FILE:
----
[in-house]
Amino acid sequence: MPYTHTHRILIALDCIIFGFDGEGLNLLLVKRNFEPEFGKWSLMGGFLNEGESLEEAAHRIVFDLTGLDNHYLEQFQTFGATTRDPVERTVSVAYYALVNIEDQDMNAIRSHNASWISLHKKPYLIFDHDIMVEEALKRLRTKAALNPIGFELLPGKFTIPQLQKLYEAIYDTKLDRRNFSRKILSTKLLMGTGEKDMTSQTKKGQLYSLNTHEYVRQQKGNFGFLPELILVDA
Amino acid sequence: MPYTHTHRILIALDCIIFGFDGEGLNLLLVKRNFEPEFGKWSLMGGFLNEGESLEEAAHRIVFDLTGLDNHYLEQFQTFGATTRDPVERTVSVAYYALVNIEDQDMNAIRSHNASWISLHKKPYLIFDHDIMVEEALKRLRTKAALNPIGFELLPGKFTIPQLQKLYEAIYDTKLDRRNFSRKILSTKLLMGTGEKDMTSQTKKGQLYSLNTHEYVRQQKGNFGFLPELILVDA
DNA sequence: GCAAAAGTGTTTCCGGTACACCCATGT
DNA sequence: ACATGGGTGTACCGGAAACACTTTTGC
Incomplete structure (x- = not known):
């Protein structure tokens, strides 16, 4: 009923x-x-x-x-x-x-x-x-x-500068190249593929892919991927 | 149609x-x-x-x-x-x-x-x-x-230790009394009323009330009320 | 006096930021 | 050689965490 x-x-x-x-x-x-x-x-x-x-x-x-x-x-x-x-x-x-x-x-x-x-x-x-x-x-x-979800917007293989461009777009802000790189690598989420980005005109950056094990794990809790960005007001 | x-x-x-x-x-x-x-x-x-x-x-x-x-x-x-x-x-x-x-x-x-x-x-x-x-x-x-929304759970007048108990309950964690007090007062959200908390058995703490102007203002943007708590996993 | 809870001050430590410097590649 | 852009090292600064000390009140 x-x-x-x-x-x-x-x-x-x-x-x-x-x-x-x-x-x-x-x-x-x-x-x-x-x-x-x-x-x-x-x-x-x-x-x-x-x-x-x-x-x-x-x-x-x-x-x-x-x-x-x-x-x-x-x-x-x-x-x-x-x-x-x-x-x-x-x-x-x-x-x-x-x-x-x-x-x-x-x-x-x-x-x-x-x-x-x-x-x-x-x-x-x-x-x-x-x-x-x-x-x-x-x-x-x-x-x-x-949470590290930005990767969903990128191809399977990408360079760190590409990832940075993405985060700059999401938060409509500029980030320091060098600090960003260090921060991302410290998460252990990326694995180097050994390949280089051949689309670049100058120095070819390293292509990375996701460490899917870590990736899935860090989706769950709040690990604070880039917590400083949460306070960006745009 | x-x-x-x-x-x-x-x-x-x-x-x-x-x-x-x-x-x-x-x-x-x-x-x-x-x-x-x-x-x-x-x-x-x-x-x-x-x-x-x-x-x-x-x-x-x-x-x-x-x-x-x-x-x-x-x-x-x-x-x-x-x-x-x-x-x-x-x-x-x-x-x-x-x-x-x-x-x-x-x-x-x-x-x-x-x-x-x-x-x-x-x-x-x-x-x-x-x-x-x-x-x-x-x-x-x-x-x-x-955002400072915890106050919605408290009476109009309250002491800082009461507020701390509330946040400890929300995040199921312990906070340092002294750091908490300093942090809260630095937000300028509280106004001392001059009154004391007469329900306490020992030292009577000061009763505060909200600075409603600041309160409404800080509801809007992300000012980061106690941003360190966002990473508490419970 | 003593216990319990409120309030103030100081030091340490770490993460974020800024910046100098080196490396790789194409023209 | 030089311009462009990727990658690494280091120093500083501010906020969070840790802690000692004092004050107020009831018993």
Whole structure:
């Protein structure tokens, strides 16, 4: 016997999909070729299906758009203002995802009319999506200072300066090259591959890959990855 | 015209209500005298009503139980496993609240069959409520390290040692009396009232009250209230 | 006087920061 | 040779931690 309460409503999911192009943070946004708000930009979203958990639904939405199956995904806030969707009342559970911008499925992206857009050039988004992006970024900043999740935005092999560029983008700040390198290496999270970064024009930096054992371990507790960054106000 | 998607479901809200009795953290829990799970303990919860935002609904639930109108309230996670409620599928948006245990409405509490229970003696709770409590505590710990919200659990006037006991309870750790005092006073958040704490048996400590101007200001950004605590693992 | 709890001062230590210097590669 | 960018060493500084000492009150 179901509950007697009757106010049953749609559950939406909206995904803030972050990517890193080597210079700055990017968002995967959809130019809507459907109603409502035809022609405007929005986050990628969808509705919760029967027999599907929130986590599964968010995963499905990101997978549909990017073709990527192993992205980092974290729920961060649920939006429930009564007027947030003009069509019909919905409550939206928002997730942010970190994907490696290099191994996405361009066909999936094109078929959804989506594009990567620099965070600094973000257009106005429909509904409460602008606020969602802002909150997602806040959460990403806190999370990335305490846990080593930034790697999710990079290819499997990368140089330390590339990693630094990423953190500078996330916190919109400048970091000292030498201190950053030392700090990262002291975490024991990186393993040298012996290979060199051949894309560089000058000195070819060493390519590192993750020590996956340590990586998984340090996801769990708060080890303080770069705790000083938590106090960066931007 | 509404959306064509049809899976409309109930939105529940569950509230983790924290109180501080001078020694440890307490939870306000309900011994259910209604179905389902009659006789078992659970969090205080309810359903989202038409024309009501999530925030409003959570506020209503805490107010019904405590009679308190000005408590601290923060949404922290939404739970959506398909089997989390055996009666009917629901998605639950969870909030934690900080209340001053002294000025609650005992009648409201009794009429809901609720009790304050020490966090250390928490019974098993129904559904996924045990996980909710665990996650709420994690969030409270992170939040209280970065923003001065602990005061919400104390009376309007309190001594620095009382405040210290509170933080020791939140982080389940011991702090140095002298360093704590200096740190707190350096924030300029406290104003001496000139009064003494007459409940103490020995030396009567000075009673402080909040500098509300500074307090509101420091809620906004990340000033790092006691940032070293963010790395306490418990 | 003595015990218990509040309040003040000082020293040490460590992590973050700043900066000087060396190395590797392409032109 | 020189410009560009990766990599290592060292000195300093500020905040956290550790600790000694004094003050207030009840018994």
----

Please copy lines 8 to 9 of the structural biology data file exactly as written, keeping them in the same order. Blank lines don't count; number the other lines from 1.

Whole structure:
């Protein structure tokens, strides 16, 4: 016997999909070729299906758009203002995802009319999506200072300066090259591959890959990855 | 015209209500005298009503139980496993609240069959409520390290040692009396009232009250209230 | 006087920061 | 040779931690 309460409503999911192009943070946004708000930009979203958990639904939405199956995904806030969707009342559970911008499925992206857009050039988004992006970024900043999740935005092999560029983008700040390198290496999270970064024009930096054992371990507790960054106000 | 998607479901809200009795953290829990799970303990919860935002609904639930109108309230996670409620599928948006245990409405509490229970003696709770409590505590710990919200659990006037006991309870750790005092006073958040704490048996400590101007200001950004605590693992 | 709890001062230590210097590669 | 960018060493500084000492009150 179901509950007697009757106010049953749609559950939406909206995904803030972050990517890193080597210079700055990017968002995967959809130019809507459907109603409502035809022609405007929005986050990628969808509705919760029967027999599907929130986590599964968010995963499905990101997978549909990017073709990527192993992205980092974290729920961060649920939006429930009564007027947030003009069509019909919905409550939206928002997730942010970190994907490696290099191994996405361009066909999936094109078929959804989506594009990567620099965070600094973000257009106005429909509904409460602008606020969602802002909150997602806040959460990403806190999370990335305490846990080593930034790697999710990079290819499997990368140089330390590339990693630094990423953190500078996330916190919109400048970091000292030498201190950053030392700090990262002291975490024991990186393993040298012996290979060199051949894309560089000058000195070819060493390519590192993750020590996956340590990586998984340090996801769990708060080890303080770069705790000083938590106090960066931007 | 509404959306064509049809899976409309109930939105529940569950509230983790924290109180501080001078020694440890307490939870306000309900011994259910209604179905389902009659006789078992659970969090205080309810359903989202038409024309009501999530925030409003959570506020209503805490107010019904405590009679308190000005408590601290923060949404922290939404739970959506398909089997989390055996009666009917629901998605639950969870909030934690900080209340001053002294000025609650005992009648409201009794009429809901609720009790304050020490966090250390928490019974098993129904559904996924045990996980909710665990996650709420994690969030409270992170939040209280970065923003001065602990005061919400104390009376309007309190001594620095009382405040210290509170933080020791939140982080389940011991702090140095002298360093704590200096740190707190350096924030300029406290104003001496000139009064003494007459409940103490020995030396009567000075009673402080909040500098509300500074307090509101420091809620906004990340000033790092006691940032070293963010790395306490418990 | 003595015990218990509040309040003040000082020293040490460590992590973050700043900066000087060396190395590797392409032109 | 020189410009560009990766990599290592060292000195300093500020905040956290550790600790000694004094003050207030009840018994």